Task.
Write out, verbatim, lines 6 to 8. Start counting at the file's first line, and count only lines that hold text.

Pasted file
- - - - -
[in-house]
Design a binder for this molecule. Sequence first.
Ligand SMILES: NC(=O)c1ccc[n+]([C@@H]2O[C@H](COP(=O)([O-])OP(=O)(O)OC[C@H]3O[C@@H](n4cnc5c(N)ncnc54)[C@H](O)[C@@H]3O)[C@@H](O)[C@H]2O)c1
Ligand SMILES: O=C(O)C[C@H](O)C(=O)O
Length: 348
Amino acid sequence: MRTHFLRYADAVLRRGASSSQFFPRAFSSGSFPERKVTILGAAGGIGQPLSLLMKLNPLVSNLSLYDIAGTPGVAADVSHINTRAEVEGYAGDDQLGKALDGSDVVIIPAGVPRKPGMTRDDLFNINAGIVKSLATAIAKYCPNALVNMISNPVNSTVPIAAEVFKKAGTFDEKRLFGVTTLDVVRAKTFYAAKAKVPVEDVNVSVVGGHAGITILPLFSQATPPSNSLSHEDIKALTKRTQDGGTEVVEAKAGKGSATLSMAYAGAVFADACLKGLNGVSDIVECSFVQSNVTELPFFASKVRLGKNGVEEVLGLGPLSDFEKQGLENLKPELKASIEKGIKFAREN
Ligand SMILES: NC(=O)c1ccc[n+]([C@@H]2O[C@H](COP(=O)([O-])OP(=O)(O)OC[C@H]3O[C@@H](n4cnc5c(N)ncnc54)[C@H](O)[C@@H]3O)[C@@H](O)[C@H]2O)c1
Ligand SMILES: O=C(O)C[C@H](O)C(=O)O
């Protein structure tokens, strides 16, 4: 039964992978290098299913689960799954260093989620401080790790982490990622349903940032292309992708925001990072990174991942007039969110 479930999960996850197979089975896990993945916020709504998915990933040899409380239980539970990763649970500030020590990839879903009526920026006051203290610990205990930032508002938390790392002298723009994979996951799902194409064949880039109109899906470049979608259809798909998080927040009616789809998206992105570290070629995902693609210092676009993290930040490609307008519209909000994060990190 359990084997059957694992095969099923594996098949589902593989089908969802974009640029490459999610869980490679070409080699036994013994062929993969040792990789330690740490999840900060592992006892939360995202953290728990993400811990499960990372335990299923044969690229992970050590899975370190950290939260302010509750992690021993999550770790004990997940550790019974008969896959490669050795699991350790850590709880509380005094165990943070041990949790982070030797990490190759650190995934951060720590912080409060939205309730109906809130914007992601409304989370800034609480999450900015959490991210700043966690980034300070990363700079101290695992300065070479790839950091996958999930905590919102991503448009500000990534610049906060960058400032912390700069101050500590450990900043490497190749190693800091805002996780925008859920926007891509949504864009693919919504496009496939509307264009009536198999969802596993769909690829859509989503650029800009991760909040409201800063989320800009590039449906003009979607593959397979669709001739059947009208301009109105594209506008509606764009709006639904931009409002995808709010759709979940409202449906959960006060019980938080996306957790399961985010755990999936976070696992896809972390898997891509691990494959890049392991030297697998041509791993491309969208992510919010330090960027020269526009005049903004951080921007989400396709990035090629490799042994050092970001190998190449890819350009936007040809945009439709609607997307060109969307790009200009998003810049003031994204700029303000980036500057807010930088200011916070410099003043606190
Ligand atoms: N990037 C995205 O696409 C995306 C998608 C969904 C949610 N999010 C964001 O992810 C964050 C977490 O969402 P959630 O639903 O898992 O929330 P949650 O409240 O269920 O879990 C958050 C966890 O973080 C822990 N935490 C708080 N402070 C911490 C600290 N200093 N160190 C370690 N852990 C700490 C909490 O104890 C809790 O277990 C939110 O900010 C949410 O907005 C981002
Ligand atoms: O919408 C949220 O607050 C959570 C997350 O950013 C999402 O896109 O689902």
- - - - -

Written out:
Amino acid sequence: MRTHFLRYADAVLRRGASSSQFFPRAFSSGSFPERKVTILGAAGGIGQPLSLLMKLNPLVSNLSLYDIAGTPGVAADVSHINTRAEVEGYAGDDQLGKALDGSDVVIIPAGVPRKPGMTRDDLFNINAGIVKSLATAIAKYCPNALVNMISNPVNSTVPIAAEVFKKAGTFDEKRLFGVTTLDVVRAKTFYAAKAKVPVEDVNVSVVGGHAGITILPLFSQATPPSNSLSHEDIKALTKRTQDGGTEVVEAKAGKGSATLSMAYAGAVFADACLKGLNGVSDIVECSFVQSNVTELPFFASKVRLGKNGVEEVLGLGPLSDFEKQGLENLKPELKASIEKGIKFAREN
Ligand SMILES: NC(=O)c1ccc[n+]([C@@H]2O[C@H](COP(=O)([O-])OP(=O)(O)OC[C@H]3O[C@@H](n4cnc5c(N)ncnc54)[C@H](O)[C@@H]3O)[C@@H](O)[C@H]2O)c1
Ligand SMILES: O=C(O)C[C@H](O)C(=O)O